The Court dismissed CURIE’s argument that the NDA foreclosed the possibility that Dr. M was acting in her Employment Capacity. At paragraph 43 to 45, the Court wrote,

[43]…A university is not an institution with a single voice or a single set of interests…While the University of Windsor may have an official position…that does not mean that others within the institution no longer speak on its behalf just because they have a different view…
[44] “Acting on behalf of” does not require that the specific act be authorized, instructed, permitted or approved by the University of Windsor…
[45] …the fact that [the University of Windsor] signed an NDA…and may have an interest in upholding that agreement…does not mean the University…does not have an interest in protecting itself against claims by students at other universities to whom it may be found to have owed a legal and moral duty.

After determining that Dr. M was an “Additional Insured”, the court went on to find that the duty to defend had been triggered by the pleadings. The threshold to trigger a duty to defend is low: the insured must prove that, assuming the facts plead in the originating lawsuit are true, there is a “mere possibility” that the claim falls within coverage, giving the “widest latitude” to the plaintiff’s originating pleadings (Bacon v. McBride, 1984, I.L.R. para. 1-1776, Co-operators General Insurance Company v. Kane, 2017 BCSC 1720 at para 20). In this case, the pleadings satisfied the well-established test. The court concluded there was at least a mere possibility that a claim had been asserted in the Defamation Action against Dr. M. Consequently, CURIE had a duty to defend Dr. M in the Defamation Action.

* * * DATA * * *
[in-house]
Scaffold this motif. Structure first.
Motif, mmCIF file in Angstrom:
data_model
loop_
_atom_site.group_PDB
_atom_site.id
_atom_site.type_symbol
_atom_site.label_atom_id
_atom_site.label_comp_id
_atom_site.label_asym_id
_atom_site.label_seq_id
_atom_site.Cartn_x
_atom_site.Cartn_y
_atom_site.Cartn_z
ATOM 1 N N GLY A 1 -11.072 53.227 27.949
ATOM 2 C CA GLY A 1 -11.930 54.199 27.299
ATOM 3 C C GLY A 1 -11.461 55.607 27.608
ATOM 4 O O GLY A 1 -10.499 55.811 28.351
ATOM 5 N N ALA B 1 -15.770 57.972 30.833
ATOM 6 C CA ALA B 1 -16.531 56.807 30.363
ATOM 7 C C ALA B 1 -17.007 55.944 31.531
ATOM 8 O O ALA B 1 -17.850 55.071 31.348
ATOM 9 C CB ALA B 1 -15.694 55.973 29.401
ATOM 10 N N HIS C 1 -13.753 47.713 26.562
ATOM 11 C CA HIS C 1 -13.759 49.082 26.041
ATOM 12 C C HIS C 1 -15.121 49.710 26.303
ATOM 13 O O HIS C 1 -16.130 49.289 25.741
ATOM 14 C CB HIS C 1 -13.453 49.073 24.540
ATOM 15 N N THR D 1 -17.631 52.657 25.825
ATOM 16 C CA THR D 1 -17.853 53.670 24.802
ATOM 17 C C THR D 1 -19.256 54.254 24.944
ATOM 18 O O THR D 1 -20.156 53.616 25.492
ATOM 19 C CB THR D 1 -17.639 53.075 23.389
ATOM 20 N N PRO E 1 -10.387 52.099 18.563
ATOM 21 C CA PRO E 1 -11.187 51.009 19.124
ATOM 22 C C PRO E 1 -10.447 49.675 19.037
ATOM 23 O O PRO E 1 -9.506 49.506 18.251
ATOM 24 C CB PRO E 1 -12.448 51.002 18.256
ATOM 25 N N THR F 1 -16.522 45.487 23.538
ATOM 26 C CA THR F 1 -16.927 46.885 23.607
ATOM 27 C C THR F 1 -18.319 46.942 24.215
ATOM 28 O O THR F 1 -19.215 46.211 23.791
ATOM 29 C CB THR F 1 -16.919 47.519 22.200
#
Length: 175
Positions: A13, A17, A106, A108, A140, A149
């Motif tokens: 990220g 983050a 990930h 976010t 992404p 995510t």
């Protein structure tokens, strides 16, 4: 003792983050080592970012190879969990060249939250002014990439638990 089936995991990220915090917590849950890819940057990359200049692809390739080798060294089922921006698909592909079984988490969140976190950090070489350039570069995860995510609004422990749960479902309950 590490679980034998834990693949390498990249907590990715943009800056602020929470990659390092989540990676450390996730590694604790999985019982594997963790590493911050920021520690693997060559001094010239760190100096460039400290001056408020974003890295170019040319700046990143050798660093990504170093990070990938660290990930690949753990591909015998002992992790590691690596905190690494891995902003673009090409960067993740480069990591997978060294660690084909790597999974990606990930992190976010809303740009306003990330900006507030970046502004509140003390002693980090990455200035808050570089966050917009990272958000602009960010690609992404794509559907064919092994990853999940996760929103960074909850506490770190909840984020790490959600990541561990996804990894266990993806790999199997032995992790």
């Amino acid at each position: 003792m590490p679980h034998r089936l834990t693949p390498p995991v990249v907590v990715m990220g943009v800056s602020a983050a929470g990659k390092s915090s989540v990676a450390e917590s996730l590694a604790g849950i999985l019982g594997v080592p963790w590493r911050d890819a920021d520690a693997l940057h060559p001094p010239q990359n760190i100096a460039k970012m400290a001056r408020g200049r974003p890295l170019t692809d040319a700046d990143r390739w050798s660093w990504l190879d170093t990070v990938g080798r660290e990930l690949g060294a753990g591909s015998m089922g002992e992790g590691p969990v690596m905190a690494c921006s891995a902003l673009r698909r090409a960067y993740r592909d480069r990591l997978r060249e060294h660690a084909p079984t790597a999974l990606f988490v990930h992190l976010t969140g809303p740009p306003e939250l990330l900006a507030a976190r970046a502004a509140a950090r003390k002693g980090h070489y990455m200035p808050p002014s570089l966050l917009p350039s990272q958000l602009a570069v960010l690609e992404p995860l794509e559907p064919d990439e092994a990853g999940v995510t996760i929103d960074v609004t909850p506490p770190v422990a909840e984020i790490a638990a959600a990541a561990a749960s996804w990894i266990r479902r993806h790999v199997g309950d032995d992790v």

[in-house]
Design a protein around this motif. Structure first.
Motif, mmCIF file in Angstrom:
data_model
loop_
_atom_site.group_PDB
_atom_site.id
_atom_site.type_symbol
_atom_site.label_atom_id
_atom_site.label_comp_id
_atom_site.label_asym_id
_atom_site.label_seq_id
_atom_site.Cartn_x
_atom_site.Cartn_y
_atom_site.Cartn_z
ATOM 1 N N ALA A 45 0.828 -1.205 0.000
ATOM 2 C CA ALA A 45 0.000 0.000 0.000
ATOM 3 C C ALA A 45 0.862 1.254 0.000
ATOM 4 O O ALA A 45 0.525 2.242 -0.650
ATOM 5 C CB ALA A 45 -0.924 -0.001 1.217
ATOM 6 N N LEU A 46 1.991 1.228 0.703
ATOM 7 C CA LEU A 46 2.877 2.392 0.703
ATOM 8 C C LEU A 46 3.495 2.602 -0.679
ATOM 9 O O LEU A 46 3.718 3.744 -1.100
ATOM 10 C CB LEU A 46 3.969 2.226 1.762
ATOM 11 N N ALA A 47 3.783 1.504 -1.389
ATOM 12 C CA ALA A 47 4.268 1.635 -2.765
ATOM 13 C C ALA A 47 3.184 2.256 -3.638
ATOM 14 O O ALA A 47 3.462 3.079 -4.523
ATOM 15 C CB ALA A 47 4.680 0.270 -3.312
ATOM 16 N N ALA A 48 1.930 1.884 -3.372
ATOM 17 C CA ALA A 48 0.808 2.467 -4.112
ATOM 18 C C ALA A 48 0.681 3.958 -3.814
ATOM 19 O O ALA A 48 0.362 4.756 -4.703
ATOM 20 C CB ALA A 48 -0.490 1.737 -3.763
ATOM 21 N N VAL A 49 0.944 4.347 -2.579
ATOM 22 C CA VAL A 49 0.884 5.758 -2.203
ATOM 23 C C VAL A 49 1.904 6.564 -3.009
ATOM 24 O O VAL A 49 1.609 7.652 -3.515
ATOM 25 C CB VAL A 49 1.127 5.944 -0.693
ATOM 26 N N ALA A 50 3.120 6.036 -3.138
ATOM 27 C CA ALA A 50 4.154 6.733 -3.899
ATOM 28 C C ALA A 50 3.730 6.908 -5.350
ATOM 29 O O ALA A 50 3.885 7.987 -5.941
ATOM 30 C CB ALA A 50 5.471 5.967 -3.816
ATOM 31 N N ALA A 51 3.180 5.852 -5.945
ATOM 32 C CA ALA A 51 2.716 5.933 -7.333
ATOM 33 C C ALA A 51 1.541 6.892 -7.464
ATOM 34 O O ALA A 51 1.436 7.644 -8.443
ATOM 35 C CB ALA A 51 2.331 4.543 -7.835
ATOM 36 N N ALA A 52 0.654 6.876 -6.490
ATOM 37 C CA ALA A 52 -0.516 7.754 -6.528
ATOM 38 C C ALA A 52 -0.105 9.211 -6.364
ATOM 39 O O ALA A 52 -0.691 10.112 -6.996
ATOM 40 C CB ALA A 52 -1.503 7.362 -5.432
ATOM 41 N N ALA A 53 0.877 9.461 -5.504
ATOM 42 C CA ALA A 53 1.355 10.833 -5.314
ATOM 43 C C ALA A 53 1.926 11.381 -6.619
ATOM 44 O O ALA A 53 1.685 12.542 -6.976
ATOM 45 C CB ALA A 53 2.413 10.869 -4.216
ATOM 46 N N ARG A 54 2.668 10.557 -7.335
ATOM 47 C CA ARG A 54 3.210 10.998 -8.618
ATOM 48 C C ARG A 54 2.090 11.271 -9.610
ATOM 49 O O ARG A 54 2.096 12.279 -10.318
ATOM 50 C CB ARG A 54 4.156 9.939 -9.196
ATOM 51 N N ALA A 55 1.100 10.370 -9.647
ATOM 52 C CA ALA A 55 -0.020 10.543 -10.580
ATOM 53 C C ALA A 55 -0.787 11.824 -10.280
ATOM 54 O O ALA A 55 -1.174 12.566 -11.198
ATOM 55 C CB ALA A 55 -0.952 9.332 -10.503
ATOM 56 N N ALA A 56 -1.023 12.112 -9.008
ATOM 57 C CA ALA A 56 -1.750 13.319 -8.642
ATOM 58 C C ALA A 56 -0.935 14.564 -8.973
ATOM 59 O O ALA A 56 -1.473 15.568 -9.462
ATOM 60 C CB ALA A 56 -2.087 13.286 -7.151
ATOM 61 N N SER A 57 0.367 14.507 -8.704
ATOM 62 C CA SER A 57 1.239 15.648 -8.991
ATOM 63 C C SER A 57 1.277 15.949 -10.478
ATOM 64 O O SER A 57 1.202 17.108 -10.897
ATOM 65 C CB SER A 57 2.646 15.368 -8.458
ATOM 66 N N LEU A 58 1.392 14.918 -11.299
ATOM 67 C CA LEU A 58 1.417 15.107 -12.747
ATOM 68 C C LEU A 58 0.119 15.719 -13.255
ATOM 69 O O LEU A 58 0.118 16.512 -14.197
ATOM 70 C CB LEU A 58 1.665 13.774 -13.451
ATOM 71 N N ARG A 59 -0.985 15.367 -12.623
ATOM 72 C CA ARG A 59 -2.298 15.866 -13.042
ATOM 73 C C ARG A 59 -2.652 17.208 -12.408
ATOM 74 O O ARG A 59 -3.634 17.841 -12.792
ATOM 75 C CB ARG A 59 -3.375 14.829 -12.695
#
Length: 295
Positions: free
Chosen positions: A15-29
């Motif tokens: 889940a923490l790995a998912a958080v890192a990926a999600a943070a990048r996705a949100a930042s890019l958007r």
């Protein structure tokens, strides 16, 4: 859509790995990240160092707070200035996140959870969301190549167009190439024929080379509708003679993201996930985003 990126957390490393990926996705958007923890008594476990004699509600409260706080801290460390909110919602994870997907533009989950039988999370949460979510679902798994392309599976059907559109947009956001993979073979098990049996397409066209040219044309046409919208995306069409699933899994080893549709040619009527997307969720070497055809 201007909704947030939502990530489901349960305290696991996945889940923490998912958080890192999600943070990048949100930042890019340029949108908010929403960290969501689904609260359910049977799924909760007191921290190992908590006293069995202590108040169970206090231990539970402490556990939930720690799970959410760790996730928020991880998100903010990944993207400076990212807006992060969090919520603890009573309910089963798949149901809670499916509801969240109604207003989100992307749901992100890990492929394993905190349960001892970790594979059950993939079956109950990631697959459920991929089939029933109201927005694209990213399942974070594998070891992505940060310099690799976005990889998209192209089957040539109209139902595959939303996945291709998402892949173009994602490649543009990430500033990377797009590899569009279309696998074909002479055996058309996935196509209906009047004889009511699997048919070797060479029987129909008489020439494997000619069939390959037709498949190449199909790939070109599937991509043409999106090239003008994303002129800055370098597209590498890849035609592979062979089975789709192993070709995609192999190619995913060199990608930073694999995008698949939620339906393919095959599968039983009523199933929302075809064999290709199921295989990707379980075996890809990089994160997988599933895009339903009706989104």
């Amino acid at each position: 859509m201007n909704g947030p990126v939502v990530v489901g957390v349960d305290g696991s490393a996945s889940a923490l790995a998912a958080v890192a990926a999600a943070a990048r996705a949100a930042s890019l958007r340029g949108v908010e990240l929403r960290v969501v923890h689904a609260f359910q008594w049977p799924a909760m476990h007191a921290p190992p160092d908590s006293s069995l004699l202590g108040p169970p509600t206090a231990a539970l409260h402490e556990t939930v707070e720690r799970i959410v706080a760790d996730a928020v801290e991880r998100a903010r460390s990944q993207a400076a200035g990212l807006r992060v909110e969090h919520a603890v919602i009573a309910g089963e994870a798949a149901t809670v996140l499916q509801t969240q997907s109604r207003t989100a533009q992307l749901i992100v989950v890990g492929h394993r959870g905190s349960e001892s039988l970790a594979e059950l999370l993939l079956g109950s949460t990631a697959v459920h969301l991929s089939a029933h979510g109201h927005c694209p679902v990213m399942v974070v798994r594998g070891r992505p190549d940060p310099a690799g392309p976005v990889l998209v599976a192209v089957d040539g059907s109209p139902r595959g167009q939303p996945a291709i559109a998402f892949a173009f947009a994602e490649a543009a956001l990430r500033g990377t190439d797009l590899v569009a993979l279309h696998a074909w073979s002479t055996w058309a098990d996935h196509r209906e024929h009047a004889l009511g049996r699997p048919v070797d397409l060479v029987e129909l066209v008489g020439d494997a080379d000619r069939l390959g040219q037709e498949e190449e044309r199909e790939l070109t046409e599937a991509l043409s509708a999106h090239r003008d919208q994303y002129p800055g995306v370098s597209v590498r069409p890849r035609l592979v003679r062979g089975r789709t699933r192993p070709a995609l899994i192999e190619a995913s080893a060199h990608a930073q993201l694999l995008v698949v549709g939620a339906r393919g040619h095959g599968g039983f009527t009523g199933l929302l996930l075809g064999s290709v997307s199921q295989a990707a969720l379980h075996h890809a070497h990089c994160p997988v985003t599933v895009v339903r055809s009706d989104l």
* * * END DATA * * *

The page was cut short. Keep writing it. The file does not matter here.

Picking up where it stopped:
It is important to note that the Defamation Action also involved alleged defamatory comments made by Dr. M about Prof. C in two other contexts: comments to the Canadian Broadcast Corporation and to a law firm that Prof. C had formerly been affiliated with. With the finding that Dr. M was an “Additional Insured” and that the duty to defend triggered, the Court did not need to consider whether Dr. M was acting in her Employment Capacity when making these statements, but the Court did mention (again in a footnote) that:

“It is my observation that [Dr. M] would have a more difficult time establishing that she was acting in her capacity as a professor on behalf of the University of Windsor in respect of the statements that she made to the KPA law firm and the CBC.”

Take away

Liability policies generally impose a duty to defend an insured in actions seeking compensatory damages arising from bodily injury or property damage. The duty to defend generally co-exists with the duty to indemnify, however, the scope of the duty to defend is much broader and may exist even where the insurer is not ultimately required to indemnify the insured. The threshold to trigger a duty to defend is low: there must be a “mere possibility” that a claim falls within the policy. Contractual interpretation of the policy is necessary to determine whether the alleged acts are covered.

This decision provides a good summary of the law applicable to an insurer’s duty to defend an insured.

For more on defences to defamation lawsuits in the context of warning others of alleged sexual misconduct and/or for assistance with employment, post-secondary or insurance coverage matters, please contact a member of Clark Wilson’s Employment & Labour, Higher Learning or Insurance Groups.

1 With apologies to Voltaire who is reported to have said something similar, though likely not in legalese.